Orders of salvation…

This piece was written a while ago, but is one of the incidents which prompted me to study theology after nursing school. I couldn’t move beyond the fact that salvation seemed to come in various forms.

Jenny put her call light on and motioned me to her bedside.  I questioned to see if she was having any pain.  She indicated that she just wanted company; the hospital after visiting hours can be awfully lonely, especially on the oncology unit.  Knowing she was single and had no family close to share her burden, I sat down and asked her about the middle-aged woman she had been laughing so heartily with earlier that day.  She relayed the following story to me regarding her double mastectomy two years before:

“I couldn’t stand to look at myself,” she commented.  “The hollowness to my profile…reduced to the appearance of a schoolboy.  The scars that move in all directions from my armpits to my sternum—the keloid ridges and lack of sensation.  There is nothing feminine about this.  There is nothing sexy about this.  I didn’t want to be touched.  I didn’t even want to leave the house.

“I don’t know why she insisted upon seeing it.  But after refusing to meet for weeks—mostly because I didn’t want to be seen in public—Linda called and announced she was coming despite my protests.  She surveyed the messy house with a hint of surprise in her eyes but didn’t comment or pass judgment.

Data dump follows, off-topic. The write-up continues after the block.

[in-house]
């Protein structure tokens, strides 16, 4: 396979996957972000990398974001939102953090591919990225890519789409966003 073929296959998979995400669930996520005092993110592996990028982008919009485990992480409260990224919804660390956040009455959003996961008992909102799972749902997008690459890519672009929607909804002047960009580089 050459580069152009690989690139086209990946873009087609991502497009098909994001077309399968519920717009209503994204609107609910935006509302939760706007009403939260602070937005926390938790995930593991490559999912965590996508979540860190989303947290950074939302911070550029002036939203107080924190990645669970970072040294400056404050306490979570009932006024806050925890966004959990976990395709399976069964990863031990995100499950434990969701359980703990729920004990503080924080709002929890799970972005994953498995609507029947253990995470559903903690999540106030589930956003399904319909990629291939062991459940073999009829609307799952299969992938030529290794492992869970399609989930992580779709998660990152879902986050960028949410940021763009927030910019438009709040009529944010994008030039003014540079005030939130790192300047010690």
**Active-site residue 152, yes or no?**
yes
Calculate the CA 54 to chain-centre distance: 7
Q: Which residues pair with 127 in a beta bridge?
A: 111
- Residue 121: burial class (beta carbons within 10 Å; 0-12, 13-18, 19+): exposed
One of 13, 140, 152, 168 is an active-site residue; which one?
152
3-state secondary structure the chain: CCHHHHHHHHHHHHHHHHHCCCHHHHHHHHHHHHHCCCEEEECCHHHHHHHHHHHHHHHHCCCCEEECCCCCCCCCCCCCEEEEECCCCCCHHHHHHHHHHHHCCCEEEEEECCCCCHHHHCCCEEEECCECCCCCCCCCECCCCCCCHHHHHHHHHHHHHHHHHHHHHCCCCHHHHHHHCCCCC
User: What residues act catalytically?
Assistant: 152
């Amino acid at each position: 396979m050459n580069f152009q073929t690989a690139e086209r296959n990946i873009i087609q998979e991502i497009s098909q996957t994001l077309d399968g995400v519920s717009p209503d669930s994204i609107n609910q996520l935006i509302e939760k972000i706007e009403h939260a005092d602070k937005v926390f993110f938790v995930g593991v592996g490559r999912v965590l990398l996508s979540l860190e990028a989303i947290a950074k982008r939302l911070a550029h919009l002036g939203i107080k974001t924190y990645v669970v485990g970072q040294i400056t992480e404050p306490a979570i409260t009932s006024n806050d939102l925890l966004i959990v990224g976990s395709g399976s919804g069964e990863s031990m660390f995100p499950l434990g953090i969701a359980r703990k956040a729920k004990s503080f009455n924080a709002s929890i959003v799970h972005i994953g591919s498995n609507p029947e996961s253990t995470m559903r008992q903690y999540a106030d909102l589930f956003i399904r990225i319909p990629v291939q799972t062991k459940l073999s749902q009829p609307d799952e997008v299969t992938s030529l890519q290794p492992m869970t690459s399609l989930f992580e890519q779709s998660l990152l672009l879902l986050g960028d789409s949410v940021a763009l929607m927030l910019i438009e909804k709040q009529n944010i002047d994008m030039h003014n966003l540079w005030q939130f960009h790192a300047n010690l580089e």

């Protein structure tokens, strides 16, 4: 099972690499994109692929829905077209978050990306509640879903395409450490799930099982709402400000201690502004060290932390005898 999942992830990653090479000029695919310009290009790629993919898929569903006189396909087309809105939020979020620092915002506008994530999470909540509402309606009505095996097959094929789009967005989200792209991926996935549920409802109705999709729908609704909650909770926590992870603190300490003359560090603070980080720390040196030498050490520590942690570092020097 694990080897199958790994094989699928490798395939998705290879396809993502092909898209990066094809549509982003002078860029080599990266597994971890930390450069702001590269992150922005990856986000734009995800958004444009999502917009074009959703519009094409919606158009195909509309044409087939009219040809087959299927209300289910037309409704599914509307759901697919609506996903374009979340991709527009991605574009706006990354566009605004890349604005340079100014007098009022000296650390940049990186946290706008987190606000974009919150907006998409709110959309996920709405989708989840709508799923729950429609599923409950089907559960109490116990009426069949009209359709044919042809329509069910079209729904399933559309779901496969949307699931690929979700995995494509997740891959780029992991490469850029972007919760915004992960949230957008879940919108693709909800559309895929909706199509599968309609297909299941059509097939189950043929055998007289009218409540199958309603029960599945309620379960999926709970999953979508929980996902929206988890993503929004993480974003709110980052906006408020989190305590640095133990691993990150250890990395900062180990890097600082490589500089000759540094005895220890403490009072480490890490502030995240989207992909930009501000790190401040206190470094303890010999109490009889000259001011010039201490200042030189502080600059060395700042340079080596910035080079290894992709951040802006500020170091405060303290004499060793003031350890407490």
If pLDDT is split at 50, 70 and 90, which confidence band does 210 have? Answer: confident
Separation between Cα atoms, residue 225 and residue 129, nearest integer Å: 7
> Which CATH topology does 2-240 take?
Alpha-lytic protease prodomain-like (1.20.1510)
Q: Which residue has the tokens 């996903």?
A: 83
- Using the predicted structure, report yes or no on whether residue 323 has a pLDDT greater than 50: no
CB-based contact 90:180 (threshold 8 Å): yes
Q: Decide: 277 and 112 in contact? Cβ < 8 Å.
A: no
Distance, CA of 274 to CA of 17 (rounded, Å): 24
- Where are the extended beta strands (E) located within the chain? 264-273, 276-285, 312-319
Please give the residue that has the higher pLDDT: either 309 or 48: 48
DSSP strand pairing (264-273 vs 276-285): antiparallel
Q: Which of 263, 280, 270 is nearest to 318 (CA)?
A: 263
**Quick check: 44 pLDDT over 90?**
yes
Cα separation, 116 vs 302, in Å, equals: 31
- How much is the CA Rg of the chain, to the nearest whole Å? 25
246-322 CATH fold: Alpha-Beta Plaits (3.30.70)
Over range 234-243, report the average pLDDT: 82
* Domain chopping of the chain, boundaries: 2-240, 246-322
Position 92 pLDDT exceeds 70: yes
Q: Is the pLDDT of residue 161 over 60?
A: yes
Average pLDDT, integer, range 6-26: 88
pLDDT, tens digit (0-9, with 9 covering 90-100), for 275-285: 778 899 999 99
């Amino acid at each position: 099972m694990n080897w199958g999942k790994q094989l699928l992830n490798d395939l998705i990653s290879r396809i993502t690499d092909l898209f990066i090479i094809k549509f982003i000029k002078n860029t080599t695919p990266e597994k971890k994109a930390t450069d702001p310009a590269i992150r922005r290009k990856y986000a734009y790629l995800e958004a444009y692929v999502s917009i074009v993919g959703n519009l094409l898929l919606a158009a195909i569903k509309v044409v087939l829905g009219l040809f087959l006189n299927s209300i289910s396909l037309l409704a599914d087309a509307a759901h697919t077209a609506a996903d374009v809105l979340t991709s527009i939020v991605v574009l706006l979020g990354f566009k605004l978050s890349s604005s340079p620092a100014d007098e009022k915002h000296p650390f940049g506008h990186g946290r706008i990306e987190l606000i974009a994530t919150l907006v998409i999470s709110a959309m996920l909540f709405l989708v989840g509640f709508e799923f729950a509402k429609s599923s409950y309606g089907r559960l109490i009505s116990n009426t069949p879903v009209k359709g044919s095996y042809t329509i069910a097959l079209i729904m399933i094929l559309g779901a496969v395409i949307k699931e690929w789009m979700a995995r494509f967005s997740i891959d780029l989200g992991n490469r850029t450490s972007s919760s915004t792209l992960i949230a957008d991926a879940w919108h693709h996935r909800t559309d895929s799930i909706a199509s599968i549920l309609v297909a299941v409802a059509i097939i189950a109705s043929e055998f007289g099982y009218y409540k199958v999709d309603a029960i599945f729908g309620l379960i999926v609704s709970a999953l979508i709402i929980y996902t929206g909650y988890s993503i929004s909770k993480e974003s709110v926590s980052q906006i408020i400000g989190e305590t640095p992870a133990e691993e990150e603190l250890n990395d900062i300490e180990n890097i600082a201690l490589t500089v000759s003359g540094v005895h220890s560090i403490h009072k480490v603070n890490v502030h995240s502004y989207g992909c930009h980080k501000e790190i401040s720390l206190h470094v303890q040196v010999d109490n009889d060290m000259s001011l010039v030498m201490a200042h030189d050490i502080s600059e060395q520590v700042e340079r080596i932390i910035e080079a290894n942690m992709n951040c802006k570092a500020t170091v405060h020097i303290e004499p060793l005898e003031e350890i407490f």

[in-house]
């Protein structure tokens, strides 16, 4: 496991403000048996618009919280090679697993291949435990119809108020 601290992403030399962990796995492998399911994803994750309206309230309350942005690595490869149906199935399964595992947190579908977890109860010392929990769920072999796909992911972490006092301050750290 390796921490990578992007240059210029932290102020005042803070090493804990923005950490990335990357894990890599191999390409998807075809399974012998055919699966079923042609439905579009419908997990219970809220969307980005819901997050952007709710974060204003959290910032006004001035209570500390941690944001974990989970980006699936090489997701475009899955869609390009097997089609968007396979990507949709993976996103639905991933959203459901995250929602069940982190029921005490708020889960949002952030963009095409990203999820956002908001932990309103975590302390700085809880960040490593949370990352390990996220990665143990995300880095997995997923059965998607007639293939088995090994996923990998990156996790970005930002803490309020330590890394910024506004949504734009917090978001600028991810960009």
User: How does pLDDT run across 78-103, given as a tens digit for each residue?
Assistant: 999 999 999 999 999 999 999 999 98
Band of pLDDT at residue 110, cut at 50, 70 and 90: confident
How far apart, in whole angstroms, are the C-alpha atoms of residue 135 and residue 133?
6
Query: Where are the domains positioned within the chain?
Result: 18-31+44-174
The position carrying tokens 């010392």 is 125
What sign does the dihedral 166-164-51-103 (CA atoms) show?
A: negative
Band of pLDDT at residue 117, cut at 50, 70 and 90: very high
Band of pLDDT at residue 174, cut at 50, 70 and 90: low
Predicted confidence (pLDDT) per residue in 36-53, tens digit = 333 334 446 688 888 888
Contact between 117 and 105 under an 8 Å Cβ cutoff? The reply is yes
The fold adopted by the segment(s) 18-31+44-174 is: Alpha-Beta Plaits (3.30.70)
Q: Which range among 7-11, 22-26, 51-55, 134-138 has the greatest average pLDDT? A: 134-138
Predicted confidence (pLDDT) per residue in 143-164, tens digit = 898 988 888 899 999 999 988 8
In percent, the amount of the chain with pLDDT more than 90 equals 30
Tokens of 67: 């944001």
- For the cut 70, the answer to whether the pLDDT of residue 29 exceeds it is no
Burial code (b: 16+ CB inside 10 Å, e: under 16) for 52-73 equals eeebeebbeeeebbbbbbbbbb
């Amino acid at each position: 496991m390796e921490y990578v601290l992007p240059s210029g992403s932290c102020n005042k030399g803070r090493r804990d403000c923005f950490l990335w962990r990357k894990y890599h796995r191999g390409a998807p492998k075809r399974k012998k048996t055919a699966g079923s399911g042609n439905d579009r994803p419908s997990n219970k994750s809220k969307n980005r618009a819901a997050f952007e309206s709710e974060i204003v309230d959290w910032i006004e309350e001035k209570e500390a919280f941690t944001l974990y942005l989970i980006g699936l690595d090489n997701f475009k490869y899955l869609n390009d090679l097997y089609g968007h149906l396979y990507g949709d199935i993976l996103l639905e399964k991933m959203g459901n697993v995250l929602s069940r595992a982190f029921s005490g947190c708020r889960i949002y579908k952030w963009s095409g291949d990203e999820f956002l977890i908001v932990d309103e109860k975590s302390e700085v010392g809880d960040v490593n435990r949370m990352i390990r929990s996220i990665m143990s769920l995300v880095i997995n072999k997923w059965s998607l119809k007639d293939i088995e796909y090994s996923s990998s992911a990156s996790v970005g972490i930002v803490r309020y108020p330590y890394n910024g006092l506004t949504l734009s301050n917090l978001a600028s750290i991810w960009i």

“She merely took me by the hand and led me back to my bedroom.  ‘Let’s see it!’ she demanded.  My protests fell on deaf ears.  I stood there feeling humiliated and angry.  Why was my best friend placing me on display like some freak circus act?  Tears of frustration and misunderstanding slid down my cheeks.  She was unrelenting.

“Finally I acquiesced.  She stared me straight in the eye, holding my gaze as I unbuttoned my blouse and slid my camisole strap off my shoulder.  I saw her eyes descend from my face and I stared stoically over her shoulder.  A hand reached out and traced the edges of my scars…but I couldn’t feel it.  She bent forward and I glanced down uneasily.  Very tenderly she kissed the mangled tissue.

“Our eyes met and she stood upright and held me close.  Together we cried—grieving the loss and the indignity—but mostly grieving the space that had developed between the two of us.  Her restorative touch and sensual acceptance reinstated my personhood.  She is my best friend.  She saved me.”



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